The hospital sent samples of the donor’s brain tissue to the disease centers, which found an amoeba called Balamuthia mandrillaris. One kidney patient was then given a biopsy, which also tested positive for the amoebas. Balamuthia lives in soil and water, and scientists suspect that people become infected through cuts or from ingesting the organism. Only about 70 cases have ever been identified in the United States, and nearly all have been fatal. These are the first known cases from transplants.

It was not clear why only the kidney patients had become ill. The kidneys may have harbored more amoebas than the other organs, Dr. Farnon said, or the particular anti-rejection drugs might have been a factor.

The patients are being treated with “a boatload of drugs,” Dr. Schlessinger said, but have not improved. . . .

I think it likely that the anti-rejection drugs (with their generally salutory by-design immune supression properties -- to decrease chances of organ rejection) were, in part, a cause here. But if the alternative was to die of end stage renal disease, I am perplexed, but leaning toward the notion that this was all a risk worth assuming.

[Note: My image, above right, as re-imagined and heavily-edited from a Canadian educational site on medicine, and kidney transplantation.]

Saturday, December 26, 2009

Excessive CEO Pay Correlated With Decreased Stockholder Returns -- Two New Studies

The Wall Street Journal is running an exellent roundup -- on "Top Five Officer" payscales, and in the process, has highlighted two new studies -- one by a Harvard law professor; the other from Purdue's biz school. Both point to the conclusion that excessive officer pay is inversely correlated with total stockholder returns, in future periods.

Confidential Note to Hans Becherer (ex-compensation committee chair of the board, file photo at left) -- Do you now see yourself, when paying CEO Fred Hassan, and his merry band of thugs and robber-barrons, over at Old Schering-Plough, in these results? You should. SGP was wiped from the face of the Earth, due in large part to these excesses. The execesses motivated destructive behaviors. To the Journal, then -- but do go read it all:

. . . . It turns out that the bigger the CEO's slice of the pie, the lower the company's future profitability and market valuation. "These CEOs," says Prof. Bebchuk, "seem to be trying to grab more than they should."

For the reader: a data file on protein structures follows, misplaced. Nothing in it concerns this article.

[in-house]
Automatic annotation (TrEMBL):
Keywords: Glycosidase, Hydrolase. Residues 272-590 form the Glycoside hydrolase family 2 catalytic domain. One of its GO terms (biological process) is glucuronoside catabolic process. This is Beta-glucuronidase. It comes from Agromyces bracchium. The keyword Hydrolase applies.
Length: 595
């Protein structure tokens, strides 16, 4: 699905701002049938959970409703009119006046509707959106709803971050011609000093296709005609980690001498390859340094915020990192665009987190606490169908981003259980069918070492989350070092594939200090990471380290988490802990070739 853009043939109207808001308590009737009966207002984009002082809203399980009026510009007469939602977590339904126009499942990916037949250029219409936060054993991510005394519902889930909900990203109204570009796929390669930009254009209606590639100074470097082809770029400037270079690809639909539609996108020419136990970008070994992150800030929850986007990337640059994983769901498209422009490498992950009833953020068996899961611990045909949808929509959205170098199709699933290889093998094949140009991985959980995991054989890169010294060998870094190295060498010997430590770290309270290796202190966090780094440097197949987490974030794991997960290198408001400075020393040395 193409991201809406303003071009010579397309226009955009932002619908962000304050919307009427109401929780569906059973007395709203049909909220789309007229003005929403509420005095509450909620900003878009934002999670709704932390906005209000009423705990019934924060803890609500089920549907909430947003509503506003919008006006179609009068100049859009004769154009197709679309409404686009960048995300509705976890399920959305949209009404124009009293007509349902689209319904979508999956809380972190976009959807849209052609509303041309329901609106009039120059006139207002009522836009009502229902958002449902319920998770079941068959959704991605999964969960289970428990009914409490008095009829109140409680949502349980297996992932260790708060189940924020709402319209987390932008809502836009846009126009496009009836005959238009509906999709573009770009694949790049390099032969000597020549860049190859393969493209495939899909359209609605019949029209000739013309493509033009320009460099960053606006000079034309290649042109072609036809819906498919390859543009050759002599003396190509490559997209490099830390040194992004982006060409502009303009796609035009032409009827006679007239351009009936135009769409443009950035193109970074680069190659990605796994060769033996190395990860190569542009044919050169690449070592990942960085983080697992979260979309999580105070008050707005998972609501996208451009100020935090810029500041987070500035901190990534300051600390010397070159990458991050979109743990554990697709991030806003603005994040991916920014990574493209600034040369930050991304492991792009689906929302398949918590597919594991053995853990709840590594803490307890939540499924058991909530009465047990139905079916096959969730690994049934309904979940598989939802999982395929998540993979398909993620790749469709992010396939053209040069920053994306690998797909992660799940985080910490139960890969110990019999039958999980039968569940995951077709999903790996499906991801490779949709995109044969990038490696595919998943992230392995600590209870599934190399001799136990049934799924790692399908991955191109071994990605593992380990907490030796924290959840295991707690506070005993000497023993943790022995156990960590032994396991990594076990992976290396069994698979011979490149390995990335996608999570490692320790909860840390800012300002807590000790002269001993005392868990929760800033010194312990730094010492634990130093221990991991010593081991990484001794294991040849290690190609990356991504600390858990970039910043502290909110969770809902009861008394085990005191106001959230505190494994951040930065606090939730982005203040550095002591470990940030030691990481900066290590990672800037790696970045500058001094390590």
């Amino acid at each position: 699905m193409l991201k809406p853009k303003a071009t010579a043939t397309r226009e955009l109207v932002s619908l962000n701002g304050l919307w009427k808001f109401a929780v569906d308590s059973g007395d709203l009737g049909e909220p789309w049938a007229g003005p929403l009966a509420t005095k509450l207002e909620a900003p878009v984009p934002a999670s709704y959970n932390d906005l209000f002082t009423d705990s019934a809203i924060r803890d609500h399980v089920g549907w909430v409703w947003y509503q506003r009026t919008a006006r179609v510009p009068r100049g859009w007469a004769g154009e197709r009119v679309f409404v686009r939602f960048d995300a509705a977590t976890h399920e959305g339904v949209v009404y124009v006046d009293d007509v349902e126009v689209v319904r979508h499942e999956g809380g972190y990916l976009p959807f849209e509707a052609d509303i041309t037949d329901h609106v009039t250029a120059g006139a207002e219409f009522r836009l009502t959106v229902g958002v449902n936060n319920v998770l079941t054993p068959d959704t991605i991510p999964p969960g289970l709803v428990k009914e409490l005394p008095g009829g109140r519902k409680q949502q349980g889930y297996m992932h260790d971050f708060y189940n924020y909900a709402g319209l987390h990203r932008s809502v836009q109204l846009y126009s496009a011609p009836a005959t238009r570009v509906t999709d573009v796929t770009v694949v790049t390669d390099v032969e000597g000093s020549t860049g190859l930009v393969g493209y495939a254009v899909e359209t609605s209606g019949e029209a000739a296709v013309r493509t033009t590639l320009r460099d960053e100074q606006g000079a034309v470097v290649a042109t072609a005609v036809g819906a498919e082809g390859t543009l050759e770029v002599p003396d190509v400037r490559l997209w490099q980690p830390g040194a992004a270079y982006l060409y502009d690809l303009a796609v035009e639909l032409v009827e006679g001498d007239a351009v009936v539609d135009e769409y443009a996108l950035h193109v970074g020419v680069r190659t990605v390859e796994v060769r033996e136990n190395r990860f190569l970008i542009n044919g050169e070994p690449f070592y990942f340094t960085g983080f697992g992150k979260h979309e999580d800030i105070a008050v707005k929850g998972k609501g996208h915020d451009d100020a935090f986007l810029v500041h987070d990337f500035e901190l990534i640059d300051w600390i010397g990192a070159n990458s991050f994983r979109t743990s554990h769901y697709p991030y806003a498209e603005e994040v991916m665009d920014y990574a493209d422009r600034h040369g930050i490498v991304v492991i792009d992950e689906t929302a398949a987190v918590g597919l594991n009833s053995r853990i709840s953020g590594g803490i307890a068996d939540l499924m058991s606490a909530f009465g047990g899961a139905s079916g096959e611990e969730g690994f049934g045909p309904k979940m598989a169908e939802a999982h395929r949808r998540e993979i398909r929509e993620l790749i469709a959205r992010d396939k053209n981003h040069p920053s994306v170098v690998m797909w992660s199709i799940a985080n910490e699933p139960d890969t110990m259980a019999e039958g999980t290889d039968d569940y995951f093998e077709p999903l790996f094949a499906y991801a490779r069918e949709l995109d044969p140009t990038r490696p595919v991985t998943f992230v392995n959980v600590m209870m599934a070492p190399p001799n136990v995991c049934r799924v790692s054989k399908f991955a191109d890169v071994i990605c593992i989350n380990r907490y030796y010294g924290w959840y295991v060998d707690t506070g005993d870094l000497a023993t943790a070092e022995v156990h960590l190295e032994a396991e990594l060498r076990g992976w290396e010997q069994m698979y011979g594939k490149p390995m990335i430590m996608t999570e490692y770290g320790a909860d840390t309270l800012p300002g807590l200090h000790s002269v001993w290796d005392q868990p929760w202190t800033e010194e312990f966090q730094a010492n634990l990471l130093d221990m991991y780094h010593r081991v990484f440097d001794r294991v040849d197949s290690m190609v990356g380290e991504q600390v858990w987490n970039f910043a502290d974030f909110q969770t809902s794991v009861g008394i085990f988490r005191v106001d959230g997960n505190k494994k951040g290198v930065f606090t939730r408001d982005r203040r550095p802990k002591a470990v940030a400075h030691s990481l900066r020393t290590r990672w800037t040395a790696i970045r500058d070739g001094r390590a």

Finance professor Raghavendra Rau of Purdue University and two colleagues looked at CEO pay and stock returns for roughly 1,500 companies per year from 1994 through 2006. They found that the 10% of firms with the highest-paid CEOs produce stock returns that lag their industry peers by more than 12 percentage points, cumulatively, over the next five years.

Companies at the top of the pay pile, Prof. Rau concluded, award their CEOs an annual average of $23 million—but leave their shareholders poorer (relative to other companies in the same industry) by an average of $2.4 billion per year. Each dollar that goes into the CEO's pocket takes $100 out of shareholders' pockets. . . .

Indeed -- some empirical proof of what has felt intuitively obvious, at least to me, for several years now.

Thursday, December 24, 2009

While We Wait For the 7 AM EST Senate Healthcare Reform Vote. . .

UPDATED: 12.24.09 @ 8 AM EST -- The measure has passed the Senate 60 to 39; now it is on to reconciliation of the two bills -- House and Senate.


I thought I'd follow up on the relationships between JP Morgan, Old Schering-Plough, Old Merck, Old Pharmacia, Old Monsanto and the current boards of directors of Celgene (Ex-EVP Carrie Cox, and Ex-JP Morgan banker Robert Hugin), and Amicus (via Ex-Merck Vaccines President Margie McGlynn). This is how boards get built.

Now, let's add in Genzyme's board connections (through Ex-CFO Bob Bertolini). Hey! It's an early Christmas present! Do click around this fine Muckety map -- search it for Genzyme:

. . . .such tangled webs, enjoy. . . .

Okay -- now for some advanced map scoping -- take a look at the below map, it is the old Pharmacia map. Now, drag Fred Hassan's name to the center. Done? Good. Now, double click on Mr. Hassan's name.

Next, drag Schering-Plough to the center. Double click on it. Cool, eh?

Here is the Genzyme map (it needs to be updated for Bertolini's seat):

This one (Celgene) needs to be updated for Carrie Cox's board seat:

Go ahead -- muck around with them. Merry Christmas!

UPDATED: 12.24.09 @ 8 AM EST -- Reform Passes In The Senate, 60 to 39

UPDATED: 12.24.09 @ 8 AM EST -- The measure has passed the Senate 60 to 39; now it is on to reconciliation of the two bills -- House and Senate.

Wednesday, December 23, 2009

Arena and New Merck Pull The Plug on MK-1903

Apparently, Arena's collaboration with New Merck -- on a new atherosclerosis drug candidate called MK-1903 -- is at an end.

Per Reuters reporting, tonight:

. . . .Merck's decision to pull out from developing MK-1903 came after a mid-stage clinical trial conducted on patients with dyslipidemia failed to meet the primary objective for efficacy, Arena said in a statement.